Yep, those Democratic bastards John Kennedy and Lyndon Johnson nearly killed our space program by underfunding Gemini and Apollo, but the Republican Richard Nixon did a swell job of building on the success of Apollo with ambitious, well funded follow-on programs, which is why we have a thriving lunar colony and burgeoning orbital industries today.

Re:Sad day (0)

Anonymous Coward | more than 5 years ago | (#22851408)

Iraq war costs at least $4 bln every month (and a lot more if you factor in long term case for the wounded, equipment replacement), and here NASA is forced to cut 4 mln bucks.

What they should do is to start fundrising from the public - if anything it would shame the Govt into giving in some more cash.

Re:Sad day (1)

timeOday (582209) | more than 5 years ago | (#22851416)

I say this with out detracting from the success of the program, but hasn't it already run its course (and then some?) What are they doing with the rovers lately anyways?

Re:Sad day (0, Flamebait)

DanWS6 (1248650) | more than 5 years ago | (#22851430)

Taking pictures of new and exciting looking rock formations.

Re:Sad day (4, Insightful)

rucs_hack (784150) | more than 5 years ago | (#22851420)

There's no oil on Mars.

Besides, people tend to believe that more money is spent on space science then actually is, so it's a nice visible way to pretend to be cutting back on government spending.

Re:Sad day (1)

confused one (671304) | more than 6 years ago | (#22851788)

There's no oil on Mars.

Ahhh, but we don't know this for certain. If the geological origin for oil ("abiogenic") theories are correct, then there's every reason to believe that there may, in fact, be some oil on Mars. Might explain some of the methane we see seeping from the surface.

Re:Sad day (1)

shadow349 (1034412) | more than 5 years ago | (#22851422)

While I hate to let unimportant things like "facts" get in the way of your diatribe, but this has NOTHING to do with Iraq.

NASA's FY2008 budget has been increased by about 1 billion [wikipedia.org] over FY2007 ($17.3B vs $16.25B).

Perhaps you should be aiming your vitriol at the NASA Administrators, since they are the ones that make the decisions to cut / increase funding to individual projects.

Re:Sad day (4, Insightful)

tomhudson (43916) | more than 5 years ago | (#22851514)

NASA's FY2008 budget has been increased by about 1 billion over FY2007 ($17.3B vs $16.25B).

That won't even keep pace with inflation. Real inflation (not the CPI bs that the government hands out every year, which excludes stuff like fuel) is running between 10% and 12%. Or are you planning on doing space missions without any energy costs, and getting all your supplies from suppliers that don't have to contend with energy increases?

Re:Sad day (4, Informative)

Anonymous Coward | more than 6 years ago | (#22851824)

I'd love to see where you got that "real" inflation is 10%-12% (which is a huge, useless range, btw). Second, the CPI is calculated by Ph.D Economists - if you think you know better than them, go prove them they're wrong, otherwise, keep your crackpot "facts" to yourself.

As an actual economist, I can't stand people that pull numbers out of their asses and talk like they're some kind of "authority" or that some crap they read is an "authority." Anyone that ACTUALLY understands economics would know that there is no such thing as "knowing" the "real" rate of inflation and that the CPI is the best indicator of inflation we have; there are versions of the CPI that DO include energy expenditures.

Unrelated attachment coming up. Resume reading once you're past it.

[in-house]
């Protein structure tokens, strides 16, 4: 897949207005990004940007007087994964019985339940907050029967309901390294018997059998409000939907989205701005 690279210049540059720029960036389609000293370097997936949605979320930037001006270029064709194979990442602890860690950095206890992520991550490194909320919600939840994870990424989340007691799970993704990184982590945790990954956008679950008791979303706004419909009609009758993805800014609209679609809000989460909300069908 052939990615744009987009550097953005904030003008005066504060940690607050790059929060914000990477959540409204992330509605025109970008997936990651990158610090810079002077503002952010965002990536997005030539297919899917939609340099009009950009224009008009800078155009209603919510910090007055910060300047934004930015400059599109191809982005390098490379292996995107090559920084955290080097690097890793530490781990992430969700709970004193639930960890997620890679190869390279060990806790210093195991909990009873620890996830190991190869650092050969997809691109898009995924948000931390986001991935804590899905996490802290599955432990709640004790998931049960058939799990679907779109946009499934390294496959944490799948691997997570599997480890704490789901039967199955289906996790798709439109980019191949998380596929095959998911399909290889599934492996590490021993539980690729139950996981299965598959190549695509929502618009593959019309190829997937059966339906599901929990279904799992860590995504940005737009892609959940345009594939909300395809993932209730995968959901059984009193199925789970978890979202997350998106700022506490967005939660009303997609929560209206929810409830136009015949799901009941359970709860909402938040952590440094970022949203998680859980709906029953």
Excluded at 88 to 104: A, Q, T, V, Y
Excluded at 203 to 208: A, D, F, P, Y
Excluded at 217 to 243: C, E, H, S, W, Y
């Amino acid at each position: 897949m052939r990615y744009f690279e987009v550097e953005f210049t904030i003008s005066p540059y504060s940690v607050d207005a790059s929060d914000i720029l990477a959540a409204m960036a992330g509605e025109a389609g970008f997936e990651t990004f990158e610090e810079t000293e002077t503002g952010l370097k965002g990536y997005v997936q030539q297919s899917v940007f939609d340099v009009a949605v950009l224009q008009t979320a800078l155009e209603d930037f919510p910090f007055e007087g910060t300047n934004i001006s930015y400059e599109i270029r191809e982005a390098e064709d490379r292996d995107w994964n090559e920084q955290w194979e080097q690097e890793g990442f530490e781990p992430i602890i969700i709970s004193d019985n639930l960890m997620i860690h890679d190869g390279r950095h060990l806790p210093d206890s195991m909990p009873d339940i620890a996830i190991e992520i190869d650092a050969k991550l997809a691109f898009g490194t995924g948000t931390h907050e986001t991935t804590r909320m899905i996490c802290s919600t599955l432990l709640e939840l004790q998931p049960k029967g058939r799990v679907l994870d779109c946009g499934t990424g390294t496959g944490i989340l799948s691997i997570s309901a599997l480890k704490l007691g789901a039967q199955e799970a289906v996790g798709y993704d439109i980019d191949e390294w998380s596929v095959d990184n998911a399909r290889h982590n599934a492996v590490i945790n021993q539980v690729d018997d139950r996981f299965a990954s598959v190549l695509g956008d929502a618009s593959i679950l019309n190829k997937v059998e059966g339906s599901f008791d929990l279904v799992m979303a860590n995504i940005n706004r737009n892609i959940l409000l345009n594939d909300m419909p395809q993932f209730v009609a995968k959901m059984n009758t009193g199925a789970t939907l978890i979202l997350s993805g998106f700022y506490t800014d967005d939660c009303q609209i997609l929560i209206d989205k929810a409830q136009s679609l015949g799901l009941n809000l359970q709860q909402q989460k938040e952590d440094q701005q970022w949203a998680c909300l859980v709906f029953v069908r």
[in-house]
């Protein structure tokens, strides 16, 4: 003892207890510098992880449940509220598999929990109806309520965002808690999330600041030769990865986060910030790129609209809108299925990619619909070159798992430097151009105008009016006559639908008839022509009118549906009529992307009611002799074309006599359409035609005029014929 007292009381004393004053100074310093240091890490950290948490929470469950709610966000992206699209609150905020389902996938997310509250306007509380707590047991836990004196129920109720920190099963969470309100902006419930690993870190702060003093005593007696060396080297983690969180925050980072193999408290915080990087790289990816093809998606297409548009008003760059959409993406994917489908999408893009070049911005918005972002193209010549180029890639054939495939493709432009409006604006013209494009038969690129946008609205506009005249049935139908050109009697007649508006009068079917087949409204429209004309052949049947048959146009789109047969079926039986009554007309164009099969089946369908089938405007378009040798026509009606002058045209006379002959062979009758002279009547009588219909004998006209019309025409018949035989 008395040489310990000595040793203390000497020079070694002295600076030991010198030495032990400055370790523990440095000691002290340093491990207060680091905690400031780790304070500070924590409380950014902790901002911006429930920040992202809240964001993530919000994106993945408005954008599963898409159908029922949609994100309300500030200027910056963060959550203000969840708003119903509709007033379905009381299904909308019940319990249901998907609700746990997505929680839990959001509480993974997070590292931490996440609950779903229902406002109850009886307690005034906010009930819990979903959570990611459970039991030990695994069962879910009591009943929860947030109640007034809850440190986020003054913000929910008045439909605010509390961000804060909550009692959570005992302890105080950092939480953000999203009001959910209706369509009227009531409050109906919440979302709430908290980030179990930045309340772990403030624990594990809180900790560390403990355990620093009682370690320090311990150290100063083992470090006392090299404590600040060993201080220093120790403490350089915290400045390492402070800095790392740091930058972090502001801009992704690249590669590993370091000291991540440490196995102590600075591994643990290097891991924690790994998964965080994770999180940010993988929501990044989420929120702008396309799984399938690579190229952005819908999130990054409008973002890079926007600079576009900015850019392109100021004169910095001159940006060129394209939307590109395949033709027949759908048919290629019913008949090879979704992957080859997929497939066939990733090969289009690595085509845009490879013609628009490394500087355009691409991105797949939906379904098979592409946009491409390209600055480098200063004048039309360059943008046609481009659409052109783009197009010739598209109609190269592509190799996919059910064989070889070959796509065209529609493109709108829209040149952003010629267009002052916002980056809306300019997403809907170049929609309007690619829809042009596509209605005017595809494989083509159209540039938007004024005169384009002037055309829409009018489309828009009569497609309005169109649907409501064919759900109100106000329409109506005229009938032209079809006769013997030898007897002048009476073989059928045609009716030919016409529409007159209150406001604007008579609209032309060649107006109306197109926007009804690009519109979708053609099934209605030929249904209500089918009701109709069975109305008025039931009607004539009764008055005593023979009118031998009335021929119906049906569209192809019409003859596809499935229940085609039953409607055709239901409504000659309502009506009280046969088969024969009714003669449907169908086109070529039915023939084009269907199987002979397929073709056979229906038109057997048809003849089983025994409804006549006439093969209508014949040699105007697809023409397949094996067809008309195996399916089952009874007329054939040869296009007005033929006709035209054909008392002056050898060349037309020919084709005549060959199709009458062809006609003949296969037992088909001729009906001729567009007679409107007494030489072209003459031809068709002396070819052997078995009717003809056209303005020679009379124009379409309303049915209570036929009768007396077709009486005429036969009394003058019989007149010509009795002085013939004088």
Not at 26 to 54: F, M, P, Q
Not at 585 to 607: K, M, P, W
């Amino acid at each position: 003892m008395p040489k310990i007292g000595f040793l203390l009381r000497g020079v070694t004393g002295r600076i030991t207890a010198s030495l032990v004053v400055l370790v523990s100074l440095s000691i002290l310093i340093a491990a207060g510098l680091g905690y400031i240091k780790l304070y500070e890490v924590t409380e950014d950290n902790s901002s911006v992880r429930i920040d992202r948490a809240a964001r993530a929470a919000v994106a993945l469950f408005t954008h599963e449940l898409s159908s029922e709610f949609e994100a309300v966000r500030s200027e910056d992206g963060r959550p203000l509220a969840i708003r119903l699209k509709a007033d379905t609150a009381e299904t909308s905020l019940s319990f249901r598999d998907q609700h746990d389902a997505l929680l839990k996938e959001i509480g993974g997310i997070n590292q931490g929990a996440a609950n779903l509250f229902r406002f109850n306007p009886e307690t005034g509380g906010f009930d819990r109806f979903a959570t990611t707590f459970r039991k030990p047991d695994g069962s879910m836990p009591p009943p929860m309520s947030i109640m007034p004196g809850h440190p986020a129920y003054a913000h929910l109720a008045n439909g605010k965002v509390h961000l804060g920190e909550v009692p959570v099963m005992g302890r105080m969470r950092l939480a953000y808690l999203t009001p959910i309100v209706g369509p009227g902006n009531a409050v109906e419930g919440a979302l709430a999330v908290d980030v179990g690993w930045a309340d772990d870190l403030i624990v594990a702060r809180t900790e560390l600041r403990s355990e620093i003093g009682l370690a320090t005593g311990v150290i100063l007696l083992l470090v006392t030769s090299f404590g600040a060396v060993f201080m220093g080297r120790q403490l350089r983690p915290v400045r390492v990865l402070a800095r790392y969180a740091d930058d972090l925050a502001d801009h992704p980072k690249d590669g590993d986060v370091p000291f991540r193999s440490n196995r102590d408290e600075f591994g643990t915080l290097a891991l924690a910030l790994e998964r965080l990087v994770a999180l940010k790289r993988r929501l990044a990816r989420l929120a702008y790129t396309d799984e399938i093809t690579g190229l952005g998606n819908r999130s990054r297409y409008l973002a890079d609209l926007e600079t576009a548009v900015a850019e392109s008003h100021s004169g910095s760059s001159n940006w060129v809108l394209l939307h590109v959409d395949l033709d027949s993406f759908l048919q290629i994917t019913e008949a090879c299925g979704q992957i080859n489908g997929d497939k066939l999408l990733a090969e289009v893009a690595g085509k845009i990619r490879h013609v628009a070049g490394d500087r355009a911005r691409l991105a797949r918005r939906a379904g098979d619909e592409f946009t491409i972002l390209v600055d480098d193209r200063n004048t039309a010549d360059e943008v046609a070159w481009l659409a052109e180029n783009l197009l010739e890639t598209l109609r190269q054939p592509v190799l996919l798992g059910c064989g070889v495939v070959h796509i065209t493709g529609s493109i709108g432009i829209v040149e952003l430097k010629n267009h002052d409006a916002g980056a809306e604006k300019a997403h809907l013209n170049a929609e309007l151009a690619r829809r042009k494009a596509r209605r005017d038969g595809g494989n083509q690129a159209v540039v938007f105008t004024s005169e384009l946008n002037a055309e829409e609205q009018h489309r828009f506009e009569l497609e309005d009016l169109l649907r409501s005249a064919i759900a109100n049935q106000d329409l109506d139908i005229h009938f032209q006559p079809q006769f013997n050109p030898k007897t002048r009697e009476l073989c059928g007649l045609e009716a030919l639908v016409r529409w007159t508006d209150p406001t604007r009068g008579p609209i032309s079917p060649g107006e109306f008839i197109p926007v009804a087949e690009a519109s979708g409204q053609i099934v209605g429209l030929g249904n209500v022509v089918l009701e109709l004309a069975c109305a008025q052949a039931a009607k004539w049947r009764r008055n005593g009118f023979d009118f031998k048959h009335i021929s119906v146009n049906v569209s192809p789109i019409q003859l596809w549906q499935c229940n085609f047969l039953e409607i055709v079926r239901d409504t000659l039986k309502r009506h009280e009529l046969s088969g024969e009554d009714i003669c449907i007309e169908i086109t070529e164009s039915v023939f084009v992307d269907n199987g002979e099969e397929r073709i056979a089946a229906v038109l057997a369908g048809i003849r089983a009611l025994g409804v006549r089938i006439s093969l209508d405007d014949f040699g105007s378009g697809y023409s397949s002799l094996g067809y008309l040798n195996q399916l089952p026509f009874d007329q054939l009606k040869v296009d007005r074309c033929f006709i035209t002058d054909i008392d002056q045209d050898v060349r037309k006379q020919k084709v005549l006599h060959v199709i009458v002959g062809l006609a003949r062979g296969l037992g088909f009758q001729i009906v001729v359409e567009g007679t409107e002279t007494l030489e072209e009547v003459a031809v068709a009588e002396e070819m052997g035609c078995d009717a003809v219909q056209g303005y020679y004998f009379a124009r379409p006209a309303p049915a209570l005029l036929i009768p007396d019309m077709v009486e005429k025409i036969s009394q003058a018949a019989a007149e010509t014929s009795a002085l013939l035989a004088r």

The reason that the traditional CPI does not include energy is because of the speculative nature of energy prices and 1) they change too often to be measurable with accuracy (on a monthly basis) and 2) it is assumed that the cost of energy will be picked up by cost increases in all other goods, thus energy costs would have a multiplicative effect on the CPI, which will make it less accurate and less useful.

Thanks for playing. Go home.

Re:Sad day (2, Informative)

proxima (165692) | more than 6 years ago | (#22851892)

That won't even keep pace with inflation. Real inflation (not the CPI bs that the government hands out every year, which excludes stuff like fuel) is running between 10% and 12%.

The CPI is released in several forms. It's usually reported in the news as either the overall CPI index (which includes food and energy), or the CPI less food and energy (sometimes referred to as the "cold and hungry" CPI). Neither is anywhere close to 10-12%. See for yourself [bls.gov] . Overall inflation, at an annual rate, based on the last 3 months is 3.4%. Based on the last 12 months, it's 4.4%. Without food and energy, these numbers are 2.4% and 2.3%. Inflation is up from its relatively low values in the last couple of decades, but still far away from the early 80s [stlouisfed.org] . Also, many economists believe that the CPI in fact overstates inflation. Why? People will substitute from goods which became relatively more expensive to those which haven't. To the extent that the basket of goods that the Bureau of Labor Statistics uses to calculate CPI doesn't take this into account, it will make inflation seem larger than the average person will really feel.

The CPI is supposed to measure what typical households buy, but if you can only pick one rate of "inflation", it's usually the most reasonable. Even if you were to argue that NASA spends a great deal of its budget on fuel (which I highly, highly doubt), that fuel is not directly petroleum-based. The solid rockets are based on ammonium percholorate [wikipedia.org] (according to this [wikipedia.org] ). The shuttle itself has engines based off of liquid hydrogen and oxygen [wikipedia.org] .

   

Re:Sad day (1, Informative)

Anonymous Coward | more than 5 years ago | (#22851436)

Billions wasted in Iraq and one of the most exciting programs since the Moon landing starts a slow death from budget cuts. Just plain sickening. We need a grass roots funding effort to save the Rovers since it looks like the second one will be cut next year.